- What is influencer marketing?
- Types of influencers for a marketing strategy
- How does influencer marketing work?
- The best social networks for influencer marketing
- How to create a content marketing strategy with influencers
What is influencer marketing?
Influencer marketing is a marketing practice based on collaboration between a brand and a person who exercises a certain level of influence over an audience on the Internet, usually through a social network.
Influencer has become a powerful word in all languages, although the tactic of influence marketing has existed for a long time.
Every time a celebrity has been seen wearing or using a branded product, or an actor has displayed it in a movie, hundreds of thousands of people have rushed to imitate it.
What makes influencer marketing special is that it’s now a broader strategy that’s open to many more brands. You no longer need to be a big corporation like Porsche or Rolex to get your products noticed by celebrities. There are now many more platforms, and more effective ones, than a Hollywood blockbuster for displaying what you are selling to the right audience.
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An influencer is a person who has managed to gather a niche audience around their own digital content, such as videos, photographs or blog posts. Most influencers aren’t famous in the strict sense of the word – that is, you wouldn't recognize them on the street.
However, they have a very loyal following on social networks which makes them an especially attractive opportunity for marketers to reach specific audiences.
According to an Adweek study, the influencer marketing sector will reach US$10 billion by 2020, and already two-thirds of U.S. sellers use influencer marketing regularly in their strategies.
This interest is not about to burst like a bubble. The profitability of collaborating with influencers is obvious if we look at the conversion figures:
- 34% of Instagram users have bought something after viewing a recommendation by an influencer.
- 89% of marketers say that the ROI of influencer marketing is as good as, or better than, for other channels. Businesses already get US$5.20 return on every dollar invested in an influencer, according to a 2019 analysis by The Influencer Marketing Hub.
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Types of influencers for a marketing strategy
- Celebrities or mega-influencers: These are all-time stars, so they have millions of followers on social networks; from celebrities with a presence in social networks to influencers who have carved out a million-dollar status for themselves, like Kendall Jenner.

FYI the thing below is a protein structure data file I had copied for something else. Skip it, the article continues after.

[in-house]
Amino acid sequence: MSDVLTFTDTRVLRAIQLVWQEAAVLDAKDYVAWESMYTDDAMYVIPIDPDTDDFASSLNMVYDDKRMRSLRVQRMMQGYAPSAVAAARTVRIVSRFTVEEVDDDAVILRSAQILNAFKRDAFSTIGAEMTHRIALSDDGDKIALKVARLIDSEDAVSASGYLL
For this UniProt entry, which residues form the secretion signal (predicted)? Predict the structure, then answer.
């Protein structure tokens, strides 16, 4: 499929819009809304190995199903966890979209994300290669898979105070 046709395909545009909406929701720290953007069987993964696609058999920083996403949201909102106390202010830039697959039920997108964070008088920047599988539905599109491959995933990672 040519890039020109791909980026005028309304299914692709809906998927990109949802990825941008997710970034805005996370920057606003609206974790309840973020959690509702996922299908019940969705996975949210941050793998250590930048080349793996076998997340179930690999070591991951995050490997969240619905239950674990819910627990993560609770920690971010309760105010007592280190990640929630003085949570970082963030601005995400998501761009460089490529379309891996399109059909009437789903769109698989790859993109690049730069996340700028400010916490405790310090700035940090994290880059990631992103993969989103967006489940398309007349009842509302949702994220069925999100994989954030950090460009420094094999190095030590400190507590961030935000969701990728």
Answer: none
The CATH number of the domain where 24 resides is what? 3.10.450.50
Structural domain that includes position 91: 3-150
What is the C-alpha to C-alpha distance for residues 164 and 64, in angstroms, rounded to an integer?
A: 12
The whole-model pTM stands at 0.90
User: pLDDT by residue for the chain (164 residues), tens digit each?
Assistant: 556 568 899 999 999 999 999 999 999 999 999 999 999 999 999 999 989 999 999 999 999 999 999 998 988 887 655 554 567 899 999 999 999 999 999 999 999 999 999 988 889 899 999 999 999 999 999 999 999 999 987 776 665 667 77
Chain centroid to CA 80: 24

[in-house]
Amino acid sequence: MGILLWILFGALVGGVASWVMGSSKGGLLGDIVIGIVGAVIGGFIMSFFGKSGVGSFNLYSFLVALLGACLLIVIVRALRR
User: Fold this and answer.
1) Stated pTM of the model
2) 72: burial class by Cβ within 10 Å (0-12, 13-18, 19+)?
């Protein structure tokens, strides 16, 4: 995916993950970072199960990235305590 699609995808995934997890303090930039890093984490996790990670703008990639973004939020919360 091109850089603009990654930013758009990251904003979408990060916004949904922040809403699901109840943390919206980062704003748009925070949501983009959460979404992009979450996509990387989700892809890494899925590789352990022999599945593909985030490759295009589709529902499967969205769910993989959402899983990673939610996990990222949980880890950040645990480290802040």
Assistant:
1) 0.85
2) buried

- Macro-influencers: These are influencers who have between 100,000 and 1 million followers.
- Micro-influencers: Individuals with an audience of between 1,000 and 100,000 fans.
- Nano-influencers: Someone with less than 1000 followers, but who can exert a great influence on them, especially in very specific audience and product niches. They usually agree to receive products or services for free, without charging for talking about them in their accounts.
How does influencer marketing work?
An influencer marketing strategy is one that’s based on a partnership agreement between the brand and the influencer.
This relationship can be established in either direction. That is, the influencer may contact you, interested in trialing your products and talking about them in their networks. This practice is common among nano- and micro-influencers.
More often it is you, the brand, who approaches the influencer by suggesting to send them a product in exchange for a number of posts, working on a campaign or establishing a regular relationship.
Once you have found the perfect influencer (which is not easy, as we shall soon see), that person will be able to advertise your brand to her audience and attract attention thanks to the trust and loyalty she’s already built among her followers.
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Benefits of marketing with influencers
- New audiences
- Advertising your brand and new products or services
- High ROI (return on investment) as they really encourage interest and the purchasing of products
Disadvantages of working with influencers
- Their fees get higher as their audience size increases.
- The market may be saturated, both with influencers who won’t take on working with more brands, and with platforms that are filled with too much sponsored content.
- Less control over actual performance (due to the algorithms of each social network) and over the message, which is left to the influencer and not the brand.
The best social networks for influencer marketing
Which social network will be best for you to find influencers to work with depends on the audience demographic you want to reach.
Do you want to keep your regular middle-aged buyers interested? Or are you looking to extend your brand awareness to a younger audience?
Older users are not so accustomed to the culture of influencers and restrict their attention to the glitter of celebrities. But according to Google, 70% of teenage YouTube subscribers follow the creators of video on that platform more than they trust celebrities.
→ One by one: which social networks are the most effective in selling products?
According to the results provided by social networks when collaborating with influencers using them, the best platforms for influence marketing are:
It’s today’s favorite social network, both for users and for companies and brands that seek publicity. However, such ads are a nuisance for most people, and content created with influencers is more organic, attractive and non-intrusive.
The medium most used by brands on Instagram for influencer marketing is image posts, but stories are increasingly gaining strength.
Those increasingly popular unboxing videos continue to fill the news feed on almost every YouTube account. YouTube influencers show their audience samples of products or services, from video games and expensive video cameras to new book releases or vegan products.
There are also possibilities for collaborating with influencers by offering them materials for creating their videos in exchange for mentions or affiliate links on the web or on Amazon.
This is the new social phenomenon, especially among the younger generation. 41% of TikTok users are between 16 and 24 years old, so if this is already your audience, or you want to start publicizing your products across this demographic, TikTok provides the best opportunity.
Even so, it’s a difficult task, since Generation Z rejects advertising content and you will only be successful with elaborate and interesting influencer marketing content.